Finding the Fun in Formatives

With November rolling around, many students will be recovering from their post Hallowe’en hangovers, enjoying one of the many firework displays in York, and getting in a frenzied panic about just who the hell they’re going to choose to live with next year, having only known the majority of their friends for a month and a half or so. But in the midst of all this comes the first real taste of what university examinations are like. Yes, I’m referring to the dreaded formative essays.

For those of you who maybe aren’t aware what these are, a formative essay is an ungraded practice essay, which has no effect on your marks come the end of year, regardless of what year that may be. To some, being only a month or so into university when these are released, they may seem a bit daunting. So, having just finished two myself, I thought I’d share a bit of wisdom regarding these things, so that when the time comes, you can be a bit more prepared.

1. You can shape them to your own interests

The great thing about formatives is that the questions tend to be pretty damned broad, with such examples being ‘what is democracy?’ and ‘what is power?’ from first year. These style of questions mean that you can very easily pick your favourite bit of the course so far and use it to answer these questions, and when you can write about something you’re interested in, it tends to be quite enjoyable.

2. They’re short

Formatives are usually only 750-1000 words long, which can sometimes sound like a lot, but once you begin writing, you’ll find that it comes pretty quickly. This means you aren’t spending the early hours of the morning slumped in a library chair desperately trying to push out those last 1000 words. Which brings me to…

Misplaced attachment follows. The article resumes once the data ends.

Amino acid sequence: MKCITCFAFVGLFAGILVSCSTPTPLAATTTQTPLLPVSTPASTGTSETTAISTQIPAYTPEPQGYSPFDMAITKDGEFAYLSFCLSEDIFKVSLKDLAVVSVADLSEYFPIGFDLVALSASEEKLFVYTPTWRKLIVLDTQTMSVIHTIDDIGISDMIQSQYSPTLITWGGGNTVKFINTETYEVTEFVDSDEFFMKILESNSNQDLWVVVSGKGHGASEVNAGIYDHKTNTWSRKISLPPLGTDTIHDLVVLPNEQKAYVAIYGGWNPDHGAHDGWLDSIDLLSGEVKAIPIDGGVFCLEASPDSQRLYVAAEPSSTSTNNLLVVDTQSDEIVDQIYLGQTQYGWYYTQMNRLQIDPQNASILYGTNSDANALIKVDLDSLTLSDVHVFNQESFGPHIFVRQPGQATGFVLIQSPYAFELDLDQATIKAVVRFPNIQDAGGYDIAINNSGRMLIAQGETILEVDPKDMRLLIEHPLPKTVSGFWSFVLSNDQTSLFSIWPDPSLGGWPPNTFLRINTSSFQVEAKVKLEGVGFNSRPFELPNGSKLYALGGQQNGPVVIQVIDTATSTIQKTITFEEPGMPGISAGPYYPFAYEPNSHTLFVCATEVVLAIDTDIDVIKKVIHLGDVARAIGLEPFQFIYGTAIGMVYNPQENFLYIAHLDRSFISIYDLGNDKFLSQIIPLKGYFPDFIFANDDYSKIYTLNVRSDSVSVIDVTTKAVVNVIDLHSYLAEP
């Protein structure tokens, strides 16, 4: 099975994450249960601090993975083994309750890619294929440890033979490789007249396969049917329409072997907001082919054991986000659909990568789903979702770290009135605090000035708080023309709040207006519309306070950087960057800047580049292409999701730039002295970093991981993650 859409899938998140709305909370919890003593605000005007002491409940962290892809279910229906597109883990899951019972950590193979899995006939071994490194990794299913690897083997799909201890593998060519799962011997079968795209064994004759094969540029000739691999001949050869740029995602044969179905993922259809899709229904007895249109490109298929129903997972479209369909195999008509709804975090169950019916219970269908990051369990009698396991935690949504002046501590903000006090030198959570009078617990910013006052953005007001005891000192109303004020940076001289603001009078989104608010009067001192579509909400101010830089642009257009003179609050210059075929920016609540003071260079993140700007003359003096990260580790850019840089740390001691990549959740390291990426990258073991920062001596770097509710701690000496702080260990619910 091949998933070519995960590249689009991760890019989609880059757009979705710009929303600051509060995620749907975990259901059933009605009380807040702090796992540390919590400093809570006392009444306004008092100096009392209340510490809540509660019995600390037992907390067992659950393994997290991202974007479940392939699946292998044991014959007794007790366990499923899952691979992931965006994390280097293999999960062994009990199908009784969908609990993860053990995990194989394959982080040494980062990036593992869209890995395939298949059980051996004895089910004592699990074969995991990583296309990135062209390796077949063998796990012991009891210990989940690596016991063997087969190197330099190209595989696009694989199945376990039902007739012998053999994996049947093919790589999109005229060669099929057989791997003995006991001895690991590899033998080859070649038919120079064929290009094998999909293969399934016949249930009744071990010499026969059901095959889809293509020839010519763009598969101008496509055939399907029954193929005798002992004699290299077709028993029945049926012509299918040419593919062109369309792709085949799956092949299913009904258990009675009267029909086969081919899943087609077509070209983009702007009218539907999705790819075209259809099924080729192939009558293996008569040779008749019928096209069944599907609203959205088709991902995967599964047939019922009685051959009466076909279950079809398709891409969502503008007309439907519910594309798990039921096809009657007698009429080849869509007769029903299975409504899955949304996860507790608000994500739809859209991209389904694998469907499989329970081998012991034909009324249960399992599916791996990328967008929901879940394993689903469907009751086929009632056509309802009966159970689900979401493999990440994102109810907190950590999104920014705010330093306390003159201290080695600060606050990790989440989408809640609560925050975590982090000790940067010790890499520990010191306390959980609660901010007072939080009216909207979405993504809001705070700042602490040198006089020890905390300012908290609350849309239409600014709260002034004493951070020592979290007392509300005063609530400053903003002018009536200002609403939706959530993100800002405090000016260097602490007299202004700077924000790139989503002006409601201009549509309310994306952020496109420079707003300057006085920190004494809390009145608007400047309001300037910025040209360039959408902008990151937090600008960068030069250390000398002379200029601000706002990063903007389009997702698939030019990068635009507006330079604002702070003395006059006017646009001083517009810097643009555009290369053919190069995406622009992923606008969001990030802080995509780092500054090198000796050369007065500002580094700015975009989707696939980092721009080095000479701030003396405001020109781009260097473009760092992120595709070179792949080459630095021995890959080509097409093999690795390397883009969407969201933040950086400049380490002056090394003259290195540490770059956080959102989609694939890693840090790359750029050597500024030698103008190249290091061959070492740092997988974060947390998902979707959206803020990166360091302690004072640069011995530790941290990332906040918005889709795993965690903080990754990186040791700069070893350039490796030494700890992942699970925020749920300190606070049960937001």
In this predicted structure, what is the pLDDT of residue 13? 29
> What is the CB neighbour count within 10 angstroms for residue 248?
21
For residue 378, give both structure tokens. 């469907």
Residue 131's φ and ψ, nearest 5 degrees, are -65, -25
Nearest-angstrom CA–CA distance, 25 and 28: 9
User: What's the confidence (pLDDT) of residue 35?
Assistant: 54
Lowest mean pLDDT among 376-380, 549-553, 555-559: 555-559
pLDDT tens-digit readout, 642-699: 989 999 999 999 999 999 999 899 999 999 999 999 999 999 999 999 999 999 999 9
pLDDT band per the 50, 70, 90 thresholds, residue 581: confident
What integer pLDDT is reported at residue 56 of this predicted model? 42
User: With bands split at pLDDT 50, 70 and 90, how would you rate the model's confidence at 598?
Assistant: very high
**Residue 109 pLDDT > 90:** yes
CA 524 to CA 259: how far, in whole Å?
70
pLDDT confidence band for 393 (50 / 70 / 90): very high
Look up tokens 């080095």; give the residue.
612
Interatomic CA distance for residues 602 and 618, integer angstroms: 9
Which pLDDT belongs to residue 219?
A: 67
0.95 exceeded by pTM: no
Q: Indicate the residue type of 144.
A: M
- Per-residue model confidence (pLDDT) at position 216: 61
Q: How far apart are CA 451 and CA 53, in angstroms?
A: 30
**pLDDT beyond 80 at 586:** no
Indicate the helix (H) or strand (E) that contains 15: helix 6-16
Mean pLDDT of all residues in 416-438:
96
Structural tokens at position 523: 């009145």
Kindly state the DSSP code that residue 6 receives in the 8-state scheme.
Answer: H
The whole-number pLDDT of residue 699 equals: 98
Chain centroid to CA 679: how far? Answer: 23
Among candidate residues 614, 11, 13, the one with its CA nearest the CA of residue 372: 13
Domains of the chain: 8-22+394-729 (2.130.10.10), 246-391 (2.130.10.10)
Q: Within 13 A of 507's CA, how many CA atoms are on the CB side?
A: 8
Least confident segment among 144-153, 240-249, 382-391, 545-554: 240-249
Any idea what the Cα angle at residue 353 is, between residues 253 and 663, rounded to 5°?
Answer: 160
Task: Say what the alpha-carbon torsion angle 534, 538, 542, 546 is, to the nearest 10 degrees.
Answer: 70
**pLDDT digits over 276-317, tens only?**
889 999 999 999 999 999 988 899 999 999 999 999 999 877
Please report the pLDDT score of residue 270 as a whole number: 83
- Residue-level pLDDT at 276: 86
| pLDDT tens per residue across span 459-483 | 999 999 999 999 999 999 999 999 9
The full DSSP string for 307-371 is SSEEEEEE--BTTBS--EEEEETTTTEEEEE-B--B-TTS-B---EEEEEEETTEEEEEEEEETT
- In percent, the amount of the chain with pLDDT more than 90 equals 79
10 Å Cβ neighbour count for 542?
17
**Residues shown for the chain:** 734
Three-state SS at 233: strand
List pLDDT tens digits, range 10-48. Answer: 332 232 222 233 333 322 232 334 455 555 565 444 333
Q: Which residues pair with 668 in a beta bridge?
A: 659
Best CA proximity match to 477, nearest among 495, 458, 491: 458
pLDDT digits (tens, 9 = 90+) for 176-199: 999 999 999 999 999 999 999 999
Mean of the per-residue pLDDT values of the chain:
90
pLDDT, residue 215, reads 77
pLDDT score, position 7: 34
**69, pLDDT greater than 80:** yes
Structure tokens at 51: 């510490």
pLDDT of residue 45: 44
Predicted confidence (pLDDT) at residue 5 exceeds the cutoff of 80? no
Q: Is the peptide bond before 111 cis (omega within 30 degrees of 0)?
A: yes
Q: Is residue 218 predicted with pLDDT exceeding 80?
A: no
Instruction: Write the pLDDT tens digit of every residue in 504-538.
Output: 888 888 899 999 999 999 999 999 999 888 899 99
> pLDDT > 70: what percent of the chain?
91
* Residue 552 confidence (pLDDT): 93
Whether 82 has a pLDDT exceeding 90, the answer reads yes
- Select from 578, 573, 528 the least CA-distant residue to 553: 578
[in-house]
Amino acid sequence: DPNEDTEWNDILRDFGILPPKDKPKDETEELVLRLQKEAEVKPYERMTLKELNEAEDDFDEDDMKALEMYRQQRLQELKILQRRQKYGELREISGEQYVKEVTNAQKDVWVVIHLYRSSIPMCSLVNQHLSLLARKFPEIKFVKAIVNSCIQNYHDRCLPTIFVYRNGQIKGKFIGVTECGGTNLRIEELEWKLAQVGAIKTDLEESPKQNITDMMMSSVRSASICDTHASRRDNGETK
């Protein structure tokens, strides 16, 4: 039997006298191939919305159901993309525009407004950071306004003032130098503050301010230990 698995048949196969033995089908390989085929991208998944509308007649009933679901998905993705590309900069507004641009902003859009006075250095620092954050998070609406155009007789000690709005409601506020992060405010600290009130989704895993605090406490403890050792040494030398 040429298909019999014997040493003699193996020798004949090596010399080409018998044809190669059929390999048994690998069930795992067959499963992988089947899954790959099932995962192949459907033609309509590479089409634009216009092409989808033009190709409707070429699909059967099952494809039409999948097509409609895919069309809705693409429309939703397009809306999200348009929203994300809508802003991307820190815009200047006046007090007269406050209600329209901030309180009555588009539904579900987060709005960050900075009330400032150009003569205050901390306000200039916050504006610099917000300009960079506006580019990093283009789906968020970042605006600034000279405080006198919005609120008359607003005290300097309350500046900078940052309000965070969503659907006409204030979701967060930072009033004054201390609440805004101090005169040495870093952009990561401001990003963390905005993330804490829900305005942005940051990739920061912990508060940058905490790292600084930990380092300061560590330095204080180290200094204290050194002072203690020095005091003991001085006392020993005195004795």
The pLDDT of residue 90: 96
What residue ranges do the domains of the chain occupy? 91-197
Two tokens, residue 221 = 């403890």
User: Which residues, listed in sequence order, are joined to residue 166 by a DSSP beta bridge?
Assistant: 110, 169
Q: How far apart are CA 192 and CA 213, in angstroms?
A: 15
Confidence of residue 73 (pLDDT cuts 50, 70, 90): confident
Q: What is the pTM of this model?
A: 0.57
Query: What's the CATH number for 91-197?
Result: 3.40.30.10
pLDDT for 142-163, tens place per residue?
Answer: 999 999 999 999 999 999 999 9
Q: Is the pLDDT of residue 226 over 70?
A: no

3. You get to properly use the library

To some, the library may remain a mystical place in which they are yet to set foot, however, I find that for essay writing, its probably the best place to be. This may be because its quieter and easy to focus, you can go and grab some more books if you find that ones you’ve already taken out aren’t as relevant as you thought, or maybe its just because all the other people around you will stop you from trawling through Buzzfeed looking at that article on ‘The 31 most Cat things to ever happen‘, or at the very least you’ll feel guilty about doing it. If you want to be real organised about it, you can book one of the private study rooms for a few hours, so you can guarantee you’ve got your own space.

4. They’re actually pretty helpful

Despite the dislike for essays that many students seem to have, formatives are quite helpful in distinguishing just how much work you need to do to meet standards for when the real stuff starts. It’s a free hit essentially, and it gives you the opportunity to try out some university style writing without any detriment to your final grades. There’s nothing to lose.

5. You get to properly meet your lecturers

Before formatives, many people won’t really have had too much contact with their lecturers one-to-one, however, before writing these essays, its a great idea to head into your lecturers office hours and have a chat about it with them. They aren’t like teachers at a secondary school level; there’s a much more equal feel about these kinds of engagements, and you’ll often find that they’re pretty cool people. You may even learn a thing or two as well.

So there you are. Are formatives fun as my alliterative title suggests? Well, maybe or maybe not, but they certainly aren’t something to fear or to fret over, and with the right approach, you’ll find that they can be a stress-free and helpful way to ease you into your university academic life. Besides, its best to get ready, those winter essays are coming…

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I'm Matt, I'm a 2nd year here at York, and I'm currently studying Social and Political Sciences, and I am also the departmental representative. I'm originally from Kent, I love football and I'm a big Arsenal fan, I play pool a lot, for Halifax College and individually. My main interests in politics are British and American politics, especially foreign policy, I'm interested in gender and race dynamics in sociology, and environmental policy in Social Policy. I came into York through clearing, but I love the city, and I love the course even more. Feel free to send me a message in the comments, or through Facebook and I'll be happy to chat.